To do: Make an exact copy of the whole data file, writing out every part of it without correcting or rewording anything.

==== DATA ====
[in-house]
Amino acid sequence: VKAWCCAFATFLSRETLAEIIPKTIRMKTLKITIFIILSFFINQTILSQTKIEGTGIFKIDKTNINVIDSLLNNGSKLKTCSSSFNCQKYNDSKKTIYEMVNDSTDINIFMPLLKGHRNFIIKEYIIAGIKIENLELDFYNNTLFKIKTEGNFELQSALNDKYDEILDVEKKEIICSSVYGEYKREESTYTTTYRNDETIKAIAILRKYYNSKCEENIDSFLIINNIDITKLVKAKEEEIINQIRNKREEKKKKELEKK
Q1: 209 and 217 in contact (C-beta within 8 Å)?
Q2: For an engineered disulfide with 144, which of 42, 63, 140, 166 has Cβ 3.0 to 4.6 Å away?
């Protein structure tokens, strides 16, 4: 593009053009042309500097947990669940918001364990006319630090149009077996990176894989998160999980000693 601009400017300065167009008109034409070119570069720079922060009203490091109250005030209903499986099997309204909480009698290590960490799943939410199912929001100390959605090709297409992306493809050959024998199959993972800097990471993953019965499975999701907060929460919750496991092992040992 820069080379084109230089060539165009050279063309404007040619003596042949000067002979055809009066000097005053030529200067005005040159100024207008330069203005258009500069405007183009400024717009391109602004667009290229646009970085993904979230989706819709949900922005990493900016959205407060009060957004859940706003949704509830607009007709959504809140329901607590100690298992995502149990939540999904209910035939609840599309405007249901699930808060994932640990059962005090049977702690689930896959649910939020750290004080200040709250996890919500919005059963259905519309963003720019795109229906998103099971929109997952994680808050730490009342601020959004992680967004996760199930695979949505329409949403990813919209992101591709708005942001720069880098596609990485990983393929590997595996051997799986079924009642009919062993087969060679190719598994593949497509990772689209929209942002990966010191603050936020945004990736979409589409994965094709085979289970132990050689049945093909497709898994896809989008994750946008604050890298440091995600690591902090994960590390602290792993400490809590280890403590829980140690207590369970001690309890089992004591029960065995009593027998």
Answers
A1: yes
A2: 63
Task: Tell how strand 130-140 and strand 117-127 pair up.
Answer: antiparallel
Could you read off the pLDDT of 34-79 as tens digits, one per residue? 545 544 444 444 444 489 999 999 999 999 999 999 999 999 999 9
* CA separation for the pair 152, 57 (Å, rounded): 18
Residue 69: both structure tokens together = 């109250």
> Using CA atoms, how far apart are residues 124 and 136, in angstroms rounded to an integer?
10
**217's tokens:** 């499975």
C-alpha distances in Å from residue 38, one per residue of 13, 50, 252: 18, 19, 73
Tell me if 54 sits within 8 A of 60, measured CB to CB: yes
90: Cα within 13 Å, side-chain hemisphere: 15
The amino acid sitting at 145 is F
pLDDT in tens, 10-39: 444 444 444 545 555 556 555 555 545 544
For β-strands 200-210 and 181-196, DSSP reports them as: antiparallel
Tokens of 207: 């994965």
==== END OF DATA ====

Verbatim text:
[in-house]
Amino acid sequence: VKAWCCAFATFLSRETLAEIIPKTIRMKTLKITIFIILSFFINQTILSQTKIEGTGIFKIDKTNINVIDSLLNNGSKLKTCSSSFNCQKYNDSKKTIYEMVNDSTDINIFMPLLKGHRNFIIKEYIIAGIKIENLELDFYNNTLFKIKTEGNFELQSALNDKYDEILDVEKKEIICSSVYGEYKREESTYTTTYRNDETIKAIAILRKYYNSKCEENIDSFLIINNIDITKLVKAKEEEIINQIRNKREEKKKKELEKK
Q1: 209 and 217 in contact (C-beta within 8 Å)?
Q2: For an engineered disulfide with 144, which of 42, 63, 140, 166 has Cβ 3.0 to 4.6 Å away?
């Protein structure tokens, strides 16, 4: 593009053009042309500097947990669940918001364990006319630090149009077996990176894989998160999980000693 601009400017300065167009008109034409070119570069720079922060009203490091109250005030209903499986099997309204909480009698290590960490799943939410199912929001100390959605090709297409992306493809050959024998199959993972800097990471993953019965499975999701907060929460919750496991092992040992 820069080379084109230089060539165009050279063309404007040619003596042949000067002979055809009066000097005053030529200067005005040159100024207008330069203005258009500069405007183009400024717009391109602004667009290229646009970085993904979230989706819709949900922005990493900016959205407060009060957004859940706003949704509830607009007709959504809140329901607590100690298992995502149990939540999904209910035939609840599309405007249901699930808060994932640990059962005090049977702690689930896959649910939020750290004080200040709250996890919500919005059963259905519309963003720019795109229906998103099971929109997952994680808050730490009342601020959004992680967004996760199930695979949505329409949403990813919209992101591709708005942001720069880098596609990485990983393929590997595996051997799986079924009642009919062993087969060679190719598994593949497509990772689209929209942002990966010191603050936020945004990736979409589409994965094709085979289970132990050689049945093909497709898994896809989008994750946008604050890298440091995600690591902090994960590390602290792993400490809590280890403590829980140690207590369970001690309890089992004591029960065995009593027998």
Answers
A1: yes
A2: 63
Task: Tell how strand 130-140 and strand 117-127 pair up.
Answer: antiparallel
Could you read off the pLDDT of 34-79 as tens digits, one per residue? 545 544 444 444 444 489 999 999 999 999 999 999 999 999 999 9
* CA separation for the pair 152, 57 (Å, rounded): 18
Residue 69: both structure tokens together = 């109250």
> Using CA atoms, how far apart are residues 124 and 136, in angstroms rounded to an integer?
10
**217's tokens:** 């499975």
C-alpha distances in Å from residue 38, one per residue of 13, 50, 252: 18, 19, 73
Tell me if 54 sits within 8 A of 60, measured CB to CB: yes
90: Cα within 13 Å, side-chain hemisphere: 15
The amino acid sitting at 145 is F
pLDDT in tens, 10-39: 444 444 444 545 555 556 555 555 545 544
For β-strands 200-210 and 181-196, DSSP reports them as: antiparallel
Tokens of 207: 């994965």